The psychiatrist also set out:
“Tamara requires further support and encouragement with personal care, washing, dressing, bed routine, regular food and drink intake and medication therapy to prevent further deterioration of the mental and physical condition. This will be available for the time of her stay in hospital, but is not available in the community. The long-term solution if it can be arranged is closer family interaction and the support family can provide.”
15. Having considered the materials provided by the appellant, it was my conclusion that the judge’s findings in paragraphs 14 to 17 of the decision were in error. The finding that the appellant did not require long-term personal care to perform everyday tasks was based on whether she had the physical capability to look after herself. The extracts from the psychiatric reports set out above indicate that she was not able to care for herself because of her mental illness, not because of physical health problems. The decision does not address this material at all. It had the potential to lead to a different outcome as to whether the appellant met paragraph E-ECDR.2.4. of Appendix FM.
16. Further, the psychiatric reports also indicated that contact with the appellant’s family was the “key factor” in the support she needed and that the “long-term solution if it can be arranged is closer family interaction and the support family can provide.” This was not a case where the medical evidence showed clearly that care from a third party was capable of addressing the appellant’s mental disorder and negative symptoms of severe self-neglect and suicidality. The reports indicated that separation from her family was a significant cause of her illness and that personal care from and direct contact with her family were an important part of any recovery. The First-tier Tribunal pointed out in paragraph 16, quoting from Ribeli v ECO, Pretoria [2018] EWCA Civ 611, that the assessment of the availability of the support that was required should include issues of an “emotional and psychological” nature if “verified by expert medical evidence”. The decision of the First-tier Tribunal here did not address this aspect of the appellant’s difficulties and it was therefore my judgment that the First-tier Tribunal also erred in the assessment of whether the appellant met the provisions of paragraph E-ECDR.2.5. of Appendix FM.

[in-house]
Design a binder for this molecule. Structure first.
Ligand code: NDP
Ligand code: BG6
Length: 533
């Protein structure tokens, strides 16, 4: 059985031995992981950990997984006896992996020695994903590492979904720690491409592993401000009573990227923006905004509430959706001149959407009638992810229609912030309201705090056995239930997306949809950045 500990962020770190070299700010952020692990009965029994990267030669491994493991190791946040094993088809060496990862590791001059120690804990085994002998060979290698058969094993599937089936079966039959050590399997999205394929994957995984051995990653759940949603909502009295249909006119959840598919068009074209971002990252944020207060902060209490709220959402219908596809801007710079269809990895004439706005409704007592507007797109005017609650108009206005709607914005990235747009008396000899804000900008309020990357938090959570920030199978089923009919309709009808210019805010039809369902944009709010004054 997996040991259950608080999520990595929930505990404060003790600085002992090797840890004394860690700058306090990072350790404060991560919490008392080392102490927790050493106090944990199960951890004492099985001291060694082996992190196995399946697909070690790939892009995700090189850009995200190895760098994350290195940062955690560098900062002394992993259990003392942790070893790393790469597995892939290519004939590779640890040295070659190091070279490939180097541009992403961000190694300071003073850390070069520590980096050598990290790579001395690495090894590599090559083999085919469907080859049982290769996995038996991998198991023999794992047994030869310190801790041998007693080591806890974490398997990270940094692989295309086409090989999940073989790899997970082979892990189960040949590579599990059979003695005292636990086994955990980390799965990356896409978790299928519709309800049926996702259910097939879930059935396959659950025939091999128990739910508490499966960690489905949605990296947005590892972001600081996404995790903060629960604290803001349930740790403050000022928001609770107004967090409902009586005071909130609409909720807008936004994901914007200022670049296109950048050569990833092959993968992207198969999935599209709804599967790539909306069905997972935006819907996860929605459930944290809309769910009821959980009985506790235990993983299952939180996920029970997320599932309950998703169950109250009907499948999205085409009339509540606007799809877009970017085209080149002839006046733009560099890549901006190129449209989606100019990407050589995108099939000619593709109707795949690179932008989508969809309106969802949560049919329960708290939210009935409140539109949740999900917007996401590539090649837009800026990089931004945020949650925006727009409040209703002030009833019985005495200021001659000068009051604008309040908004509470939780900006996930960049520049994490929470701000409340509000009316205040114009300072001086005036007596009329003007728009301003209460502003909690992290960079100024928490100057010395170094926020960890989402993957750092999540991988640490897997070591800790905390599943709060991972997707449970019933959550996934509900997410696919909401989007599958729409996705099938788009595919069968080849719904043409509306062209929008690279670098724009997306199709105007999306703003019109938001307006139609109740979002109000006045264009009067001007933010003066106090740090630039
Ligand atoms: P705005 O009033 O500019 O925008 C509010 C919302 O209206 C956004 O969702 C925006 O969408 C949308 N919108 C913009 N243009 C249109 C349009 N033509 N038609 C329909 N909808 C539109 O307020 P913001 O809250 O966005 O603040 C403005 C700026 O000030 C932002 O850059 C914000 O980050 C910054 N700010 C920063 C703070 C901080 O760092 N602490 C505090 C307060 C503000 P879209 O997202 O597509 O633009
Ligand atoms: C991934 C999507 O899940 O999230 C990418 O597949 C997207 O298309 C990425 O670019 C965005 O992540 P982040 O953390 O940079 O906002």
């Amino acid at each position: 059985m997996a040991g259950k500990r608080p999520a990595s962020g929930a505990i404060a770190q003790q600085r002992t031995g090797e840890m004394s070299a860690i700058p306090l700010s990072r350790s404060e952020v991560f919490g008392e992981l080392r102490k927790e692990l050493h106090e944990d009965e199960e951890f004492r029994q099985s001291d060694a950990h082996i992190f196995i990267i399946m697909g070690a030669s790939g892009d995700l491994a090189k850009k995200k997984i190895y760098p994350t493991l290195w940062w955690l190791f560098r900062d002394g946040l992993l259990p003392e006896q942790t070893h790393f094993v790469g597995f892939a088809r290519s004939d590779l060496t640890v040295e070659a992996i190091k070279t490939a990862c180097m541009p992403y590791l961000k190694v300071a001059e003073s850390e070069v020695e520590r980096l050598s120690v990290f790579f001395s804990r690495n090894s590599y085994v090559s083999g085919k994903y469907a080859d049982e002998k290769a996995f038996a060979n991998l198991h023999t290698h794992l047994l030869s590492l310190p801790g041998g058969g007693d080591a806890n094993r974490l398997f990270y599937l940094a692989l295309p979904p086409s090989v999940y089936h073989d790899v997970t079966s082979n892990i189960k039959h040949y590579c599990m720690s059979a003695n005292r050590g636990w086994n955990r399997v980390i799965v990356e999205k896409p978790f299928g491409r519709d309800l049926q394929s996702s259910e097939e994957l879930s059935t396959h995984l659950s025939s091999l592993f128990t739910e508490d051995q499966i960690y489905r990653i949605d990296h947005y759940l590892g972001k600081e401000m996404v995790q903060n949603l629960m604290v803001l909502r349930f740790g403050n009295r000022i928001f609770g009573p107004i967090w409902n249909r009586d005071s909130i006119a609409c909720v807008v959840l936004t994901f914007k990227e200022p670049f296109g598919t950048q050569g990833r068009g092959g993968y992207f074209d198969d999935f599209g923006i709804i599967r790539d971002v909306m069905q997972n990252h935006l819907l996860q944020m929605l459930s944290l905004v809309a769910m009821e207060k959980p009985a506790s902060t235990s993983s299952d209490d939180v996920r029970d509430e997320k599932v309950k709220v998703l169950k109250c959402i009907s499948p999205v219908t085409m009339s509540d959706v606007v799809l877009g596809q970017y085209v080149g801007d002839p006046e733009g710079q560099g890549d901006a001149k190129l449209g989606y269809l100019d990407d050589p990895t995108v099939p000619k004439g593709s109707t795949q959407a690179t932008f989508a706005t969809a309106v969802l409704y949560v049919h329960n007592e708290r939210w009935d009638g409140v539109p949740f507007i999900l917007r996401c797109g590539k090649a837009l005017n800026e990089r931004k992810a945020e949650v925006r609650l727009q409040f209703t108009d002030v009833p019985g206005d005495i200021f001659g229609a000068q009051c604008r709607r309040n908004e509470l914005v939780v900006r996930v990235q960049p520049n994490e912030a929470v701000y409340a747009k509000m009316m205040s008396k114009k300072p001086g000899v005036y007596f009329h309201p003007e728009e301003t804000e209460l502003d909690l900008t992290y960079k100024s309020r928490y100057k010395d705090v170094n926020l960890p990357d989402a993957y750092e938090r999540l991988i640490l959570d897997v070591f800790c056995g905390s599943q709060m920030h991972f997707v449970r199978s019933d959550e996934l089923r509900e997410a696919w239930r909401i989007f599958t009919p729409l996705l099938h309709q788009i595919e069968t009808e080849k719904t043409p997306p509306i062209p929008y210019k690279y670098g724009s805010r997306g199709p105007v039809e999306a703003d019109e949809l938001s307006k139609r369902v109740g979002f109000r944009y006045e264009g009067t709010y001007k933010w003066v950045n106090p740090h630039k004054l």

17. It was my conclusion that both of these errors were material as a different outcome might have been reached had they not been made. That also undermined the decision that there was no breach of Article 8 ECHR. It was therefore my view that the decision of the First-tier Tribunal had to be set aside to be remade.
18. I canvassed the views of the parties on the appropriate disposal in the event of an error of law. Both the appellant and respondent were of the view that a further hearing was required and it was my conclusion that as there were no preserved findings and the key assessments had to be conducted again, it was appropriate for the matter to be remade in the First-tier Tribunal.
19. The decision of the First-tier Tribunal discloses an error on a point of law and is set aside to be remade.
20. The appeal will be remade in the First-tier Tribunal de novo.

Signed: S Pitt Date: 2 September 2022
Upper Tribunal Judge Pitt